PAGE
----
Diagon AlleyThere were lots of other brilliant and dry rides, but it’s got to be said the biggest disappointment was the heavily promoted ‘Wizarding World of Harry Potter’, because that area was over-subscribed to the point of lunacy and commercialised to a level that was usurious even by American standards. Ollivanders wand shop was so stuffed with punters wanting to pay thirty dollars for their very own plastic stick that they were covering customers in butter-beer and sliding them in sideways. It was like the Japanese underground in rush hour, with gangs of Potteresque henchmen shoving doors closed while windows exploded outward from the increasing pressure. One man, desperate for oxygen, escaped through the chimney, only to slip on the rain-drenched plastic slates and fall to his death on the resin cobbles of Diagon Alley. We watched, stunned, as half a dozen dwarves dressed as goblins rushed from Gringott’s bank and carried the body off while a further half dozen hosed and swept the blood away between the tracks of the Hogwarts Express.

On the plus side we did get, with the assistance of our disabled pass, a lightning tour of Hogwarts and instant access to the ‘Forbidden Journey’ ride, which excitingly broke down and stopped while we were hanging upside down in the grip of the Whomping Willow. Even more exciting, Ben had managed to get himself into a different carriage from us, and was stuck somewhere else along the ride (I think he said it was in the cave of the giant spider) with three total strangers. I bellowed into the darkness to reassure him that we were just behind him and would see him at the other end, but he couldn’t hear me, apparently. My concern that the experience might put him off the rides was also proved unfounded, though thereafter the only ride my nephew Alex would brave again was Pirates-of-the-Poxy-Caribbean…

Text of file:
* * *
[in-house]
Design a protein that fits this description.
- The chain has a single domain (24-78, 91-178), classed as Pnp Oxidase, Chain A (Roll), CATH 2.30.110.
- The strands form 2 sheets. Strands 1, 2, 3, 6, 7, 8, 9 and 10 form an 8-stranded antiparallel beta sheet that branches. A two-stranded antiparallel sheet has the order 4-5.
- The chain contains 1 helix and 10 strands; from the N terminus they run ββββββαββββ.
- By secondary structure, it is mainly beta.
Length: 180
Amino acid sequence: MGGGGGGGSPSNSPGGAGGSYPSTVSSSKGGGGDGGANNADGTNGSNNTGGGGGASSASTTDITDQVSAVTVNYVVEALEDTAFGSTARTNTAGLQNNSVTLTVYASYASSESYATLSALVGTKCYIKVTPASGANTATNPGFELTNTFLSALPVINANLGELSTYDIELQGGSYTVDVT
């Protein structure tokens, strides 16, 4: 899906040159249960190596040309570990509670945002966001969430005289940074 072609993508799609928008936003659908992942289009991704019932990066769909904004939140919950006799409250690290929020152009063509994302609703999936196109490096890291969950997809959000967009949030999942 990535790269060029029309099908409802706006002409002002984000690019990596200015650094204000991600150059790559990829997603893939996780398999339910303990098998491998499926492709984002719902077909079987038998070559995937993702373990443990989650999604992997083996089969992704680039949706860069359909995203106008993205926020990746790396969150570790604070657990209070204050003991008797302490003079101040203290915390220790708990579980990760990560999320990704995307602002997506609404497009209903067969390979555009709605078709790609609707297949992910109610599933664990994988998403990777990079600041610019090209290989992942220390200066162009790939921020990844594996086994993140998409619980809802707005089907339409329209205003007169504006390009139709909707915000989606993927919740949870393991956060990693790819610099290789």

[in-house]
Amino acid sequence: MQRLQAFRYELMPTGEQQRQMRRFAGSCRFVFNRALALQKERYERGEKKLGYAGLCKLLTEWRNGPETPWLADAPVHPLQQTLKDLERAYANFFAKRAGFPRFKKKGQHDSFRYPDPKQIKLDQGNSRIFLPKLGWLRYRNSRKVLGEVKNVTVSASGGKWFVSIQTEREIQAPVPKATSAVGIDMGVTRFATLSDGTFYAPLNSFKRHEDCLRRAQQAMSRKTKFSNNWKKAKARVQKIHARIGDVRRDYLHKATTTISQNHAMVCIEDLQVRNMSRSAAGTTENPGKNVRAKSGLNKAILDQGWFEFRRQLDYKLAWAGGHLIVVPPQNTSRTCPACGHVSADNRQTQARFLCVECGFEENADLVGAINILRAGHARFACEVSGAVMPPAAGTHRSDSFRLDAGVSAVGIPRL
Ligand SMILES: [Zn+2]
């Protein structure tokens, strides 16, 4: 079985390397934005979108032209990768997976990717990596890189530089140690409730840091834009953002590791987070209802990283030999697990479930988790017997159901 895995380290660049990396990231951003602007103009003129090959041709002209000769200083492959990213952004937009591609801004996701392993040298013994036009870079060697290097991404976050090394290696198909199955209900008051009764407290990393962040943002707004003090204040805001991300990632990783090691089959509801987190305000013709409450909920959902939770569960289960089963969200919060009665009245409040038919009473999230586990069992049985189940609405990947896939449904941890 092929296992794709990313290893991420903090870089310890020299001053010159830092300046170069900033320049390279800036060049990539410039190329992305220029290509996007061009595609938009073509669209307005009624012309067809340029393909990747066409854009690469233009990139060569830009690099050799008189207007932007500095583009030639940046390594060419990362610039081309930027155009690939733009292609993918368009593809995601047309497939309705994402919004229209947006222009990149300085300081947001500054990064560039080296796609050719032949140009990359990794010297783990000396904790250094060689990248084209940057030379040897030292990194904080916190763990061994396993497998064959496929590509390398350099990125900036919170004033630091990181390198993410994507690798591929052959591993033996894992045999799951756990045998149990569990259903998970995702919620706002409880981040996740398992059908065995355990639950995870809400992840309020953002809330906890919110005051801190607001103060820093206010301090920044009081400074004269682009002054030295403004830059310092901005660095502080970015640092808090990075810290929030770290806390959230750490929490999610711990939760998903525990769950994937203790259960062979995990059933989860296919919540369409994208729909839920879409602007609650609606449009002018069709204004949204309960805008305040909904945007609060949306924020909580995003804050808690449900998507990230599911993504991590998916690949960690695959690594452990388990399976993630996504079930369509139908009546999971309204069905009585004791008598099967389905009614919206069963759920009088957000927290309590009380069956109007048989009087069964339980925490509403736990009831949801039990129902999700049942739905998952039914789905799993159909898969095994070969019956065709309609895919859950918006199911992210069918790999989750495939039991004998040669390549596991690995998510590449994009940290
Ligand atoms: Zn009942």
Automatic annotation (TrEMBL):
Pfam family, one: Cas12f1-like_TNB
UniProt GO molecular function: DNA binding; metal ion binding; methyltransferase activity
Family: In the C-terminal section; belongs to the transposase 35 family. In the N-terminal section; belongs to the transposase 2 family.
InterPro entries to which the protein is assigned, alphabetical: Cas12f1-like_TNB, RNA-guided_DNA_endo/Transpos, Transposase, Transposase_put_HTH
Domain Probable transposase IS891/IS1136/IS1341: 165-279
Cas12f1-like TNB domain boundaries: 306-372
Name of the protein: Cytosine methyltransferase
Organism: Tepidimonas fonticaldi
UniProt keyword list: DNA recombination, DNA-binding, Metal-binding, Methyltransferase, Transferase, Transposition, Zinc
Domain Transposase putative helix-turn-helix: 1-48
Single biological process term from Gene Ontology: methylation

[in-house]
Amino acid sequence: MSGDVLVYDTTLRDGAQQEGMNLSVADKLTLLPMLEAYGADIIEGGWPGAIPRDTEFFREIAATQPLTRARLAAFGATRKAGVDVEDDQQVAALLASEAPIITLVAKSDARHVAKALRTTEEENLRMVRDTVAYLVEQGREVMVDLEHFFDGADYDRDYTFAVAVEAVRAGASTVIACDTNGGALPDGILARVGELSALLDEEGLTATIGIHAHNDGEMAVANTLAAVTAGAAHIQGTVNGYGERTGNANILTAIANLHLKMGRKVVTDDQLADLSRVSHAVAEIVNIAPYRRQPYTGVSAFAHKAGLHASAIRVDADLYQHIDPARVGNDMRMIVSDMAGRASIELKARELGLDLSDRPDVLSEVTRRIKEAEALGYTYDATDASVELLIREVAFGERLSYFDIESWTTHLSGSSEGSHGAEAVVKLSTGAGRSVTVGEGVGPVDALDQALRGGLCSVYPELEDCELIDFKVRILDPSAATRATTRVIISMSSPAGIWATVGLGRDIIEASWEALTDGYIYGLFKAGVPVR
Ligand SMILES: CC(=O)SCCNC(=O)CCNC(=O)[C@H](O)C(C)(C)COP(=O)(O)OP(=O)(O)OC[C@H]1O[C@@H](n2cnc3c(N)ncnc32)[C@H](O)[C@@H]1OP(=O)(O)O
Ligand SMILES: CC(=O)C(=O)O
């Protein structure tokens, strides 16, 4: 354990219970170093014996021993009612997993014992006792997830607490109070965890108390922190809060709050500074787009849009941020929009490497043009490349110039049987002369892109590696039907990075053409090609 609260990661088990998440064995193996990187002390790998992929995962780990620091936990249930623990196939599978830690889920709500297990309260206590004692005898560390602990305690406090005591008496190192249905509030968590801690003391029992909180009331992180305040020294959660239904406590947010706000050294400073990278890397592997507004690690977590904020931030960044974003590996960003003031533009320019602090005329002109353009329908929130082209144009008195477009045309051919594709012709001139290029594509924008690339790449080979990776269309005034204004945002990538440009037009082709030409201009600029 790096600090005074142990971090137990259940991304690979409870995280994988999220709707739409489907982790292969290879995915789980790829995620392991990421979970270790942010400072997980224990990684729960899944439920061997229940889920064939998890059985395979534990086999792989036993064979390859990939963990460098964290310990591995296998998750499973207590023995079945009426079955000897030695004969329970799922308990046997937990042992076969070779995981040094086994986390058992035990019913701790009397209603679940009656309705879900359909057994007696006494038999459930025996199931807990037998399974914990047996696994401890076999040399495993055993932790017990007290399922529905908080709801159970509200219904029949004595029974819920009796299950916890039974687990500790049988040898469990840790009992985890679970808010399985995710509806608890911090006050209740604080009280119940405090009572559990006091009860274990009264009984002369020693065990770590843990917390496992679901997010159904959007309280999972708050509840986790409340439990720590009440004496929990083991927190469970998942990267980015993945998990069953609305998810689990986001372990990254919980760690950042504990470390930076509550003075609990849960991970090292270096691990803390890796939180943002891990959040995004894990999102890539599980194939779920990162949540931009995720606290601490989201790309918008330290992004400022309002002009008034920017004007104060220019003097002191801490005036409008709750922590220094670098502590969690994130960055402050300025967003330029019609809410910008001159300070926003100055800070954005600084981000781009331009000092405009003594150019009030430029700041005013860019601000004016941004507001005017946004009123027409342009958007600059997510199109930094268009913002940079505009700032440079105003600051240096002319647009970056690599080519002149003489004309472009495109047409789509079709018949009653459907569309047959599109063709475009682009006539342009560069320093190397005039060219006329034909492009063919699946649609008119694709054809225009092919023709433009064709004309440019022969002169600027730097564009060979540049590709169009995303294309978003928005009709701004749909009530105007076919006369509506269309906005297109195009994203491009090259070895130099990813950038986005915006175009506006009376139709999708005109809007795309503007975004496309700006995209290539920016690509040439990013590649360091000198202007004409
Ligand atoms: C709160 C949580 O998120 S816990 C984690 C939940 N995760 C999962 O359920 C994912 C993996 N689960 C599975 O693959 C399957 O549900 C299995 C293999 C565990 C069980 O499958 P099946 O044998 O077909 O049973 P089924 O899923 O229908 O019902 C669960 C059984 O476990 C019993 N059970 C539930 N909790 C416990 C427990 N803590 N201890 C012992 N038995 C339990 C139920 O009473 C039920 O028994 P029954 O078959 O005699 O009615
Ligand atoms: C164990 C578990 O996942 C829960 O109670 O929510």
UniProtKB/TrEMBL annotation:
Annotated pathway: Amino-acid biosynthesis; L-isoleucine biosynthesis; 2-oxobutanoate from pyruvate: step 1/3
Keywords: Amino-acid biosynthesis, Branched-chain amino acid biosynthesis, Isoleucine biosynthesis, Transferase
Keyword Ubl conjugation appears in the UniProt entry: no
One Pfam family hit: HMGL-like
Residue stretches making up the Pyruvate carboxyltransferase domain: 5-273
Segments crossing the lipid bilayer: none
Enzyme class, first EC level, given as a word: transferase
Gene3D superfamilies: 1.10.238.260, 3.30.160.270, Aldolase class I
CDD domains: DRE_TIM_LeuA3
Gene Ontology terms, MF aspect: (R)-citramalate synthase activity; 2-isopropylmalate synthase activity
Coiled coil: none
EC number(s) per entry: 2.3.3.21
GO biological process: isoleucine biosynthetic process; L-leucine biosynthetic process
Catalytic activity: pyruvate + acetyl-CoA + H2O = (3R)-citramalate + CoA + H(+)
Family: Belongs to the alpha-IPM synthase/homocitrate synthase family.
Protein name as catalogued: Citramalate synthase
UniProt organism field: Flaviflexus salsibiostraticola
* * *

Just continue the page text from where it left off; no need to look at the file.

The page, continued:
Can you spot the missing word in the sign?


2 thoughts on “What I did on my Holidays (Pt4): Disney and all that”

  1. I found it quite odd and hypocritical that Ros expects my autistic child to learn how to manage a queue yet hasnt learned how to make herself a sandwich.

    1. Hi Shelly – I’m not sure Ros was suggesting any sort of timeline for achieving personal milestones, and TBH I can’t see any hypocrisy. I think the point she was trying to make is that parents can be guilty of enabling disability by lowering expectations and making excuses – her argument being that if parents do that then there is little chance of others successfully intervening to circumvent it, because parents are (generally) the single-most significant role models in a child’s life. I tend to agree with her, having met many parents who seem to view their child’s autism as a ‘get out of jail free’ card to excuse any negative behaviours (regardless of cause), and as a stick with which to beat those who might challenge the parent’s assessment of their child’s motivations. I’m fairly sure my own son learnt how to queue before he learnt to make a sandwich, the former impacting directly on his ability to (e.g.) play on the slide in the playground (because if he didn’t queue nicely he was sanctioned), whereas the latter wasn’t required of him until he was at least seven or eight, and then only as a life skill for use as-and-when rather than as a behavioural norm. I hope that makes sense, and if you do get a chance to listen to Ros Blackburn do so – she makes a great deal of sense on most topics. Thanks for your comment 🙂